PORT CHARLOTTE, Fla. -- The Rays don’t have many roster battles going on during Spring Training, but there’s still a lot of intrigue surrounding a couple of new faces who will be on the Opening Day roster, as well as a few players who are expected to be in the
PORT CHARLOTTE, Fla. -- The Rays don’t have many roster battles going on during Spring Training, but there’s still a lot of intrigue surrounding a couple of new faces who will be on the Opening Day roster, as well as a few players who are expected to be in the mix at some point during the season.
With Grapefruit League play set to begin Saturday, let’s take a look at five Tampa Bay players to watch throughout the Grapefruit League schedule.
Tsutsugo will be a big part of the Rays’ success, but there will be a lot of eyes on him during Spring Training as he makes the transition from Japan. He will play left field in the home opener against the Yankees on Sunday and is set to be the designated hitter on Monday against the Red Sox.
The plan is for Tsutsugo to play left field and third base defensively, but a lot of the attention will be on him when he steps up to the plate. Tsutsugo will tentatively get somewhere between 45 and 60 plate appearances this spring.
“There’s a lot of pitchers that I haven’t seen in my life, and even the position players, I’ve never seen them play in my life,” Tsutsugo said. “I think I have a lot to learn during these games.”
Like Tsutsugo, all eyes will be on Alvarado this spring, but for slightly different reasons. Alvarado was an integral part of the Rays’ bullpen in 2019, but a month-long leave of absence to attend a family matter and a couple of injuries ultimately derailed Alvarado’s campaign. As he enters the ‘20 season, Alvarado said he has a better mental focus and is ready to prove that he can regain the form he had in ‘18.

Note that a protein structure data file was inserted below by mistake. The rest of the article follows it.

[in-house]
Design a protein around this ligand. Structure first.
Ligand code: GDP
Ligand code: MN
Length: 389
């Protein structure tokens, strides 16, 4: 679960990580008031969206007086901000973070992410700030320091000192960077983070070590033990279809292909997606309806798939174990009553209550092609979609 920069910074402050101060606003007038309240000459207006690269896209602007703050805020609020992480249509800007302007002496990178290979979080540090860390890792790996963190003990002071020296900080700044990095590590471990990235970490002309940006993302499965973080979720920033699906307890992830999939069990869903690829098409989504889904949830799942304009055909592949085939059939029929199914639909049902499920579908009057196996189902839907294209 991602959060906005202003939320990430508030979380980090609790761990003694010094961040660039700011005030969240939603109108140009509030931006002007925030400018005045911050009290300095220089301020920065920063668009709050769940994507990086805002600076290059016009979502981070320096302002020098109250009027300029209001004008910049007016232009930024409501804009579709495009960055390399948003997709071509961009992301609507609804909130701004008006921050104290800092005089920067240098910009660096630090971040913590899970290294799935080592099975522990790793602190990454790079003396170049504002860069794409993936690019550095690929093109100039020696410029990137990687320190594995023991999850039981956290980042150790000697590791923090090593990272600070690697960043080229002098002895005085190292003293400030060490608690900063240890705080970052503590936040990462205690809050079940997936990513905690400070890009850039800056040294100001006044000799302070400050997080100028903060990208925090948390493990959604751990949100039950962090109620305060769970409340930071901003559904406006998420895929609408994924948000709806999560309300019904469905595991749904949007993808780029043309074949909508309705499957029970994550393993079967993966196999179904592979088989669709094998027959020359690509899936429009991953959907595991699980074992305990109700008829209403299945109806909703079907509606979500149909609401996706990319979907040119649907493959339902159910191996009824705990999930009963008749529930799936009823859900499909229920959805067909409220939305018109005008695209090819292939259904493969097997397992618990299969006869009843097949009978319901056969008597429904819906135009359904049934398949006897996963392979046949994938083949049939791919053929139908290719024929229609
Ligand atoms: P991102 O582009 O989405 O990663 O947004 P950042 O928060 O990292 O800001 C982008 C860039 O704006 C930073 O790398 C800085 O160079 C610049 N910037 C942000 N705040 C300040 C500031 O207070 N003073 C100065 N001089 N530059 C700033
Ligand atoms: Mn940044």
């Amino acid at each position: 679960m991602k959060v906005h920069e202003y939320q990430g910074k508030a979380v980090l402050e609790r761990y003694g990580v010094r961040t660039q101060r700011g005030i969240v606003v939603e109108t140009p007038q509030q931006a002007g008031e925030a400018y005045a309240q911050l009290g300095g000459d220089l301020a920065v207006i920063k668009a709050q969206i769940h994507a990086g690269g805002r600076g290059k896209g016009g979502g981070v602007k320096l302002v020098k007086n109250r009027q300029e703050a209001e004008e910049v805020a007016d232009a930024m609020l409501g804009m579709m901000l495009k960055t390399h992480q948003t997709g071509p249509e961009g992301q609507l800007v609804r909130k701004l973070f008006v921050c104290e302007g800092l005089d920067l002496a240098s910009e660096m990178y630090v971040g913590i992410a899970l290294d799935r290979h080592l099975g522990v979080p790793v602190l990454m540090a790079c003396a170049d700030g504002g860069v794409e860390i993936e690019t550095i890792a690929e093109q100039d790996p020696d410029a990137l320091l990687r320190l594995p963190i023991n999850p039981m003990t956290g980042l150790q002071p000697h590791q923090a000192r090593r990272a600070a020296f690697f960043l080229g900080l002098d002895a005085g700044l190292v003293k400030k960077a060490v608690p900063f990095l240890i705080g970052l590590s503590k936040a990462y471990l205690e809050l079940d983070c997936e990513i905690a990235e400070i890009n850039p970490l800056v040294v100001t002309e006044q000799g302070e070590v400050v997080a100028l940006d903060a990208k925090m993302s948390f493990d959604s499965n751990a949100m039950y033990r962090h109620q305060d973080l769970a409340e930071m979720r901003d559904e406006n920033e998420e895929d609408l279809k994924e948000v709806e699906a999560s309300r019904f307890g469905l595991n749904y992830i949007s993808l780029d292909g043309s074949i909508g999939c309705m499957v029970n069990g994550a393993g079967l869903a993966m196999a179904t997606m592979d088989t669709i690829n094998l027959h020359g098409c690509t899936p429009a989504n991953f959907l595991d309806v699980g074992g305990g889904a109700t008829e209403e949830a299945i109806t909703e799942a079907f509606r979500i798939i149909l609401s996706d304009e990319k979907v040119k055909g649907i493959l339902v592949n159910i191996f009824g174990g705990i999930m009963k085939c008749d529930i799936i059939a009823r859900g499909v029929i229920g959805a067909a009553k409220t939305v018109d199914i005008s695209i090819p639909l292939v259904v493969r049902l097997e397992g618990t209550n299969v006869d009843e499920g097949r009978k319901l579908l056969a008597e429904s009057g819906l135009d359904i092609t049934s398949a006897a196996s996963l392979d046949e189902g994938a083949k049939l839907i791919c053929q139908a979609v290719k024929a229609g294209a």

Alvarado has impressed with his command during early bullpen sessions, but Tampa Bay will continue to hope that it all translates into games.
Zunino’s first full season with the Rays was disappointing, but the veteran catcher is looking to have a bounce-back campaign at the plate. Zunino hit a career-low nine home runs last season, but he arrived to camp in good shape and hopes that improved lower-half positioning at the plate provides better results.
A lot of the attention will be on who steps up and becomes the backup catcher, but Zunino’s improvement at the plate will be something to watch over the next five weeks.
For most of the 2018 season, you can make an argument that Robertson was the most important player on the roster. His defensive versatility and his offensive showing gave him a very solid argument. But in ‘19, Robertson struggled offensively and was demoted to Triple-A Durham so he could get consistent at-bats.
This spring, due to his versatility on defense, Robertson has an opportunity to make the Opening Day roster, but he’ll also have to prove that he has made significant strides at the plate. Throughout camp, Robertson has shown some good swings, including a home run off Colin Poche during live BP. Now it’s worth watching if it translates into games.
Loup is one of the most intriguing non-roster invitees on the roster. After trading Emilio Pagán to the Padres, the Rays have a couple of open spots in the bullpen, and Loup could earn one of them with a strong spring. The left-hander spent the majority of the 2019 season on the injured list, appearing in just four games with the Padres. But now that he’s fully healthy, Tampa Bay is going to give him a strong look.
Juan Toribio covers the Rays for MLB.com. Follow him on Twitter @juanctoribio.